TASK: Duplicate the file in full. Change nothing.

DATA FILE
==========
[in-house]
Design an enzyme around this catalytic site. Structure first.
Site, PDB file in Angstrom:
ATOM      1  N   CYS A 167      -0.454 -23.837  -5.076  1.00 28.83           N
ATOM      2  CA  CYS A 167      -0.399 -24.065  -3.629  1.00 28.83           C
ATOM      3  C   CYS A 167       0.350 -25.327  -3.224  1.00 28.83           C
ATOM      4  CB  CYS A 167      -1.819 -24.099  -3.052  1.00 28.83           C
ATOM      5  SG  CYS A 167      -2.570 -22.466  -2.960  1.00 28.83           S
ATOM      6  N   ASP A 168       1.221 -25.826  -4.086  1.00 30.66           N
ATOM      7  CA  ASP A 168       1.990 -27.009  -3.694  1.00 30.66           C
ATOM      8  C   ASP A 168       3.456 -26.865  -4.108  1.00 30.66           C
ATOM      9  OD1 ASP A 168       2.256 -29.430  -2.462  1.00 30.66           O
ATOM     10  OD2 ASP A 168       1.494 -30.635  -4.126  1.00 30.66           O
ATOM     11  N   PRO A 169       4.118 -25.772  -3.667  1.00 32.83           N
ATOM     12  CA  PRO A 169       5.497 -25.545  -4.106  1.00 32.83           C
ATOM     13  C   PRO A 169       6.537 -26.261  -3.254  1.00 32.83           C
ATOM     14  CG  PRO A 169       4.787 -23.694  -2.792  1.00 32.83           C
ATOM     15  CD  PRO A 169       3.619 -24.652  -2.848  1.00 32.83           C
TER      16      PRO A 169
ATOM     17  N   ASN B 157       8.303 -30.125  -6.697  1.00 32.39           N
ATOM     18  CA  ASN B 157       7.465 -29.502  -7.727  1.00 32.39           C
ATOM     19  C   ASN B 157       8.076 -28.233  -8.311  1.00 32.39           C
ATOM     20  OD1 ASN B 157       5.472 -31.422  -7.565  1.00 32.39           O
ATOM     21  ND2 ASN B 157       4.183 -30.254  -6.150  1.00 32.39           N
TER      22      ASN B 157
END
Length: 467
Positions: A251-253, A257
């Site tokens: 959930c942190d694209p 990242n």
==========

[in-house]
Design an enzyme around this catalytic site. Structure first.
Site, PDB file in Angstrom:
ATOM      1  N   CYS A 167      -0.454 -23.837  -5.076  1.00 28.83           N
ATOM      2  CA  CYS A 167      -0.399 -24.065  -3.629  1.00 28.83           C
ATOM      3  C   CYS A 167       0.350 -25.327  -3.224  1.00 28.83           C
ATOM      4  CB  CYS A 167      -1.819 -24.099  -3.052  1.00 28.83           C
ATOM      5  SG  CYS A 167      -2.570 -22.466  -2.960  1.00 28.83           S
ATOM      6  N   ASP A 168       1.221 -25.826  -4.086  1.00 30.66           N
ATOM      7  CA  ASP A 168       1.990 -27.009  -3.694  1.00 30.66           C
ATOM      8  C   ASP A 168       3.456 -26.865  -4.108  1.00 30.66           C
ATOM      9  OD1 ASP A 168       2.256 -29.430  -2.462  1.00 30.66           O
ATOM     10  OD2 ASP A 168       1.494 -30.635  -4.126  1.00 30.66           O
ATOM     11  N   PRO A 169       4.118 -25.772  -3.667  1.00 32.83           N
ATOM     12  CA  PRO A 169       5.497 -25.545  -4.106  1.00 32.83           C
ATOM     13  C   PRO A 169       6.537 -26.261  -3.254  1.00 32.83           C
ATOM     14  CG  PRO A 169       4.787 -23.694  -2.792  1.00 32.83           C
ATOM     15  CD  PRO A 169       3.619 -24.652  -2.848  1.00 32.83           C
TER      16      PRO A 169
ATOM     17  N   ASN B 157       8.303 -30.125  -6.697  1.00 32.39           N
ATOM     18  CA  ASN B 157       7.465 -29.502  -7.727  1.00 32.39           C
ATOM     19  C   ASN B 157       8.076 -28.233  -8.311  1.00 32.39           C
ATOM     20  OD1 ASN B 157       5.472 -31.422  -7.565  1.00 32.39           O
ATOM     21  ND2 ASN B 157       4.183 -30.254  -6.150  1.00 32.39           N
TER      22      ASN B 157
END
Length: 467
Positions: A251-253, A257
């Site tokens: 959930c942190d694209p 990242n």